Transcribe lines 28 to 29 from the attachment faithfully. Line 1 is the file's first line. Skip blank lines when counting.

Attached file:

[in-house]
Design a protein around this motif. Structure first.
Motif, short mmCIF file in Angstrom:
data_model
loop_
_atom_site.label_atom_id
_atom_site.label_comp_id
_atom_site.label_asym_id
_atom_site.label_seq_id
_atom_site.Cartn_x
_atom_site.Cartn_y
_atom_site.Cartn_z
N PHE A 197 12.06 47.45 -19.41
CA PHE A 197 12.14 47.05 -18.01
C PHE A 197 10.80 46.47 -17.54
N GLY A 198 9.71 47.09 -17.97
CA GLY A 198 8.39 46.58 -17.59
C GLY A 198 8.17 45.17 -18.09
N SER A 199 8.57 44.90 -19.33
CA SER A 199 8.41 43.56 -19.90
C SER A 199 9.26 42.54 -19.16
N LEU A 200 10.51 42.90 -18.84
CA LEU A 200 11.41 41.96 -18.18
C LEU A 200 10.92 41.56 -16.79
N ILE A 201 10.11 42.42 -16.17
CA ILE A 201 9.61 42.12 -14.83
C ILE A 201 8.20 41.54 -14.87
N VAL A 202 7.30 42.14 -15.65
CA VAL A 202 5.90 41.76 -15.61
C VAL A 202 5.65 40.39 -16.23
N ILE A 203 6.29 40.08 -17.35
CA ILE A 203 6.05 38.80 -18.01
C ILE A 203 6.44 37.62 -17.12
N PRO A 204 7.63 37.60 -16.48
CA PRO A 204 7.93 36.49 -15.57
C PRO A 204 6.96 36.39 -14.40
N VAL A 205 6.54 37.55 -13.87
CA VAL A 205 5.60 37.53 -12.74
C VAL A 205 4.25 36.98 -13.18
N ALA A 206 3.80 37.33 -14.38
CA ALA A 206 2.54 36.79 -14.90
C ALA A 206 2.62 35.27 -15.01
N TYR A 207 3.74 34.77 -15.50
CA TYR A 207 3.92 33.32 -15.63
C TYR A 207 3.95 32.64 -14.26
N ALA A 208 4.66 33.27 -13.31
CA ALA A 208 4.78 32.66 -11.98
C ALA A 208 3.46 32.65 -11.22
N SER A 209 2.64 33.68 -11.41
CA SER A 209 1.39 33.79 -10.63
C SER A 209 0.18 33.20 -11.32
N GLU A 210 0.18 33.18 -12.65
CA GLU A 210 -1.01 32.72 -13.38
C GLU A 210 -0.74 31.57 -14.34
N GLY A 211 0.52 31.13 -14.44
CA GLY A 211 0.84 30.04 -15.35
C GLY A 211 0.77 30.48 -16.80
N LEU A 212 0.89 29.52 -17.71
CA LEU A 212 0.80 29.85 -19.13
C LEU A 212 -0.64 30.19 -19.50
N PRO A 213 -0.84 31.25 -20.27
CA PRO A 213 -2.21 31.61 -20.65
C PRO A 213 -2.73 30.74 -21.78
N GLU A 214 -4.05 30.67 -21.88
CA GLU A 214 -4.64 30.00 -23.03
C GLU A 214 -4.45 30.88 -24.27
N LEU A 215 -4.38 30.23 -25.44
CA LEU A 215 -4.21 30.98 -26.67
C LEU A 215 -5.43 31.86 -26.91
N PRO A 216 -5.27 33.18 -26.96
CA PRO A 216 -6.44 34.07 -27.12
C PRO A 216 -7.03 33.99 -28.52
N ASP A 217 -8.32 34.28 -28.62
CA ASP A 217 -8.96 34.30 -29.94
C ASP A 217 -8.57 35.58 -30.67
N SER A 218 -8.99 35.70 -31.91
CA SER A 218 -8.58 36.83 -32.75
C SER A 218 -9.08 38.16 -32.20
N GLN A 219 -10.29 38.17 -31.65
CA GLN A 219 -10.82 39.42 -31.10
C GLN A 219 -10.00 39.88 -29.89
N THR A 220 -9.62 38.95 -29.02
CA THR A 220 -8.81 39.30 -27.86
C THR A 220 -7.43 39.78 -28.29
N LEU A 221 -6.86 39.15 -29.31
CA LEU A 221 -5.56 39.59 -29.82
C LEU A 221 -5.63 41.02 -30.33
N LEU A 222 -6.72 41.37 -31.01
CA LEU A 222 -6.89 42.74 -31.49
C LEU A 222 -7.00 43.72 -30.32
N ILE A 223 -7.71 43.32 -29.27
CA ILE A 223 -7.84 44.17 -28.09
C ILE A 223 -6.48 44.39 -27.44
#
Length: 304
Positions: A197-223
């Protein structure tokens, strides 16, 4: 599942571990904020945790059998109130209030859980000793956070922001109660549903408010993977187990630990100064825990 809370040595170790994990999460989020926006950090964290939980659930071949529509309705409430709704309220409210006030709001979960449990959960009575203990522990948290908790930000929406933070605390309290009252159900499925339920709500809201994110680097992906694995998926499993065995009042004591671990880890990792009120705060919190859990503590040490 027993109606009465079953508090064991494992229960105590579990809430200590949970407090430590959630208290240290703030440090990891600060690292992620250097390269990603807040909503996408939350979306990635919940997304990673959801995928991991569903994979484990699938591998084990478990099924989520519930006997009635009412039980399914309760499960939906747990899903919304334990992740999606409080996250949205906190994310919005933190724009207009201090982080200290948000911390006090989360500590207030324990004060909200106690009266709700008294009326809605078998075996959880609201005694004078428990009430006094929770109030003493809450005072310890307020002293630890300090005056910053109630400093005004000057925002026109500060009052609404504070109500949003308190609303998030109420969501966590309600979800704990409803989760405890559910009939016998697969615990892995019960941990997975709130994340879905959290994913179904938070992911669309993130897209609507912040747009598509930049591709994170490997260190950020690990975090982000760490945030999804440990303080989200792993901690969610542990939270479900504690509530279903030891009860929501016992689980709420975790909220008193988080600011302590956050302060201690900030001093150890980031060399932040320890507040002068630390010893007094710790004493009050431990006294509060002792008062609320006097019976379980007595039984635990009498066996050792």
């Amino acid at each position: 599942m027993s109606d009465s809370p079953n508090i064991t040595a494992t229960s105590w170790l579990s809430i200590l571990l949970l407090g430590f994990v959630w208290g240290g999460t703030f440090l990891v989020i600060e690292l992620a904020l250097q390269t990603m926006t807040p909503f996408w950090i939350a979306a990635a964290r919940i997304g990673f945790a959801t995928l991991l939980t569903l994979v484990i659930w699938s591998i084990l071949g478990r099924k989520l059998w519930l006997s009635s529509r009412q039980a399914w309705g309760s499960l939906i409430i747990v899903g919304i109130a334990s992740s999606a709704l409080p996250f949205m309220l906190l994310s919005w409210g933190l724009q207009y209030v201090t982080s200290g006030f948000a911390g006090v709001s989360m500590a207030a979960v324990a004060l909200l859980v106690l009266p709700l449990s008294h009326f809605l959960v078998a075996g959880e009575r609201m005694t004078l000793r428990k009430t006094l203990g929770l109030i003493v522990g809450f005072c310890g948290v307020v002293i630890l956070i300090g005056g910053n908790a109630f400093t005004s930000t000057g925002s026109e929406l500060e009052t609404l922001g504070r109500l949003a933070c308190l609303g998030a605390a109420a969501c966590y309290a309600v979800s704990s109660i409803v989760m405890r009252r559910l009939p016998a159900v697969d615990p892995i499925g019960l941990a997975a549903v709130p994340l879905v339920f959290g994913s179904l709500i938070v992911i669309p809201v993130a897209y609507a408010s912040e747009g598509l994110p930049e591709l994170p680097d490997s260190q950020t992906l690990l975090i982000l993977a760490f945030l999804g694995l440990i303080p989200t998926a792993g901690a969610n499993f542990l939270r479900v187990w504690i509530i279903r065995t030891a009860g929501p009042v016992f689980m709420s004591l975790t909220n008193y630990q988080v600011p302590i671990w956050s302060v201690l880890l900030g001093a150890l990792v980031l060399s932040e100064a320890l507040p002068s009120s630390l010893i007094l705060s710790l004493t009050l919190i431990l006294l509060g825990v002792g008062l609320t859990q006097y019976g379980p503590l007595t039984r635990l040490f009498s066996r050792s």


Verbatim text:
N VAL A 202 7.30 42.14 -15.65
CA VAL A 202 5.90 41.76 -15.61